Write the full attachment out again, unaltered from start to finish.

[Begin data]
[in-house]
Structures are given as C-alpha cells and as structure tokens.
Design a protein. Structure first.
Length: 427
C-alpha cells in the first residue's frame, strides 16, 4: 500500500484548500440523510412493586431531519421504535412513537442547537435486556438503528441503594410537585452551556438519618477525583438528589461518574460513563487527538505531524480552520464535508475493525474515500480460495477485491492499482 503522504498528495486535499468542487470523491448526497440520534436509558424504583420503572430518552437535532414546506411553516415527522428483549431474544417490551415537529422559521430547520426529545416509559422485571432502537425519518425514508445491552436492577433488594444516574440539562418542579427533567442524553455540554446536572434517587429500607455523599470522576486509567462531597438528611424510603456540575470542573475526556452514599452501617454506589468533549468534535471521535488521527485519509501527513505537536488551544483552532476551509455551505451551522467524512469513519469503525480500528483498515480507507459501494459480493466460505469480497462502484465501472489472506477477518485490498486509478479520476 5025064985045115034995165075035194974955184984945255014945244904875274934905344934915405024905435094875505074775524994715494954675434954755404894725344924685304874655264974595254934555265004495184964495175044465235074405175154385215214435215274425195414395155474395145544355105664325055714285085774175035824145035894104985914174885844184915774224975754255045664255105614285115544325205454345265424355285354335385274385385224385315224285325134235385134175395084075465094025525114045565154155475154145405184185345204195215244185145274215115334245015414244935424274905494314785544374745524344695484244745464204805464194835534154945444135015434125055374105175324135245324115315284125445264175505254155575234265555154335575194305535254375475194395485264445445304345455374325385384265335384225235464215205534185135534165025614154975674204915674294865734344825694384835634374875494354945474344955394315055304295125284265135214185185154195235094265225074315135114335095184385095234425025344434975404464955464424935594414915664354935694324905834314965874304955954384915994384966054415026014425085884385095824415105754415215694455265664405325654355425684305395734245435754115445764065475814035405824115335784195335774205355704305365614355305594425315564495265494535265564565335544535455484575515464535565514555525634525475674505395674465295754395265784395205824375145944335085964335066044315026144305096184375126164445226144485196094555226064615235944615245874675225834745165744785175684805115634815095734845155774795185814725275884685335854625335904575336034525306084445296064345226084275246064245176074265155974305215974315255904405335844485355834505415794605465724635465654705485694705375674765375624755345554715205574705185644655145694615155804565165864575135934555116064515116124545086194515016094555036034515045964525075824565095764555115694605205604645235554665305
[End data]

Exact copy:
[in-house]
Structures are given as C-alpha cells and as structure tokens.
Design a protein. Structure first.
Length: 427
C-alpha cells in the first residue's frame, strides 16, 4: 500500500484548500440523510412493586431531519421504535412513537442547537435486556438503528441503594410537585452551556438519618477525583438528589461518574460513563487527538505531524480552520464535508475493525474515500480460495477485491492499482 503522504498528495486535499468542487470523491448526497440520534436509558424504583420503572430518552437535532414546506411553516415527522428483549431474544417490551415537529422559521430547520426529545416509559422485571432502537425519518425514508445491552436492577433488594444516574440539562418542579427533567442524553455540554446536572434517587429500607455523599470522576486509567462531597438528611424510603456540575470542573475526556452514599452501617454506589468533549468534535471521535488521527485519509501527513505537536488551544483552532476551509455551505451551522467524512469513519469503525480500528483498515480507507459501494459480493466460505469480497462502484465501472489472506477477518485490498486509478479520476 5025064985045115034995165075035194974955184984945255014945244904875274934905344934915405024905435094875505074775524994715494954675434954755404894725344924685304874655264974595254934555265004495184964495175044465235074405175154385215214435215274425195414395155474395145544355105664325055714285085774175035824145035894104985914174885844184915774224975754255045664255105614285115544325205454345265424355285354335385274385385224385315224285325134235385134175395084075465094025525114045565154155475154145405184185345204195215244185145274215115334245015414244935424274905494314785544374745524344695484244745464204805464194835534154945444135015434125055374105175324135245324115315284125445264175505254155575234265555154335575194305535254375475194395485264445445304345455374325385384265335384225235464215205534185135534165025614154975674204915674294865734344825694384835634374875494354945474344955394315055304295125284265135214185185154195235094265225074315135114335095184385095234425025344434975404464955464424935594414915664354935694324905834314965874304955954384915994384966054415026014425085884385095824415105754415215694455265664405325654355425684305395734245435754115445764065475814035405824115335784195335774205355704305365614355305594425315564495265494535265564565335544535455484575515464535565514555525634525475674505395674465295754395265784395205824375145944335085964335066044315026144305096184375126164445226144485196094555226064615235944615245874675225834745165744785175684805115634815095734845155774795185814725275884685335854625335904575336034525306084445296064345226084275246064245176074265155974305215974315255904405335844485355834505415794605465724635465654705485694705375674765375624755345554715205574705185644655145694615155804565165864575135934555116064515116124545086194515016094555036034515045964525075824565095764555115694605205604645235554665305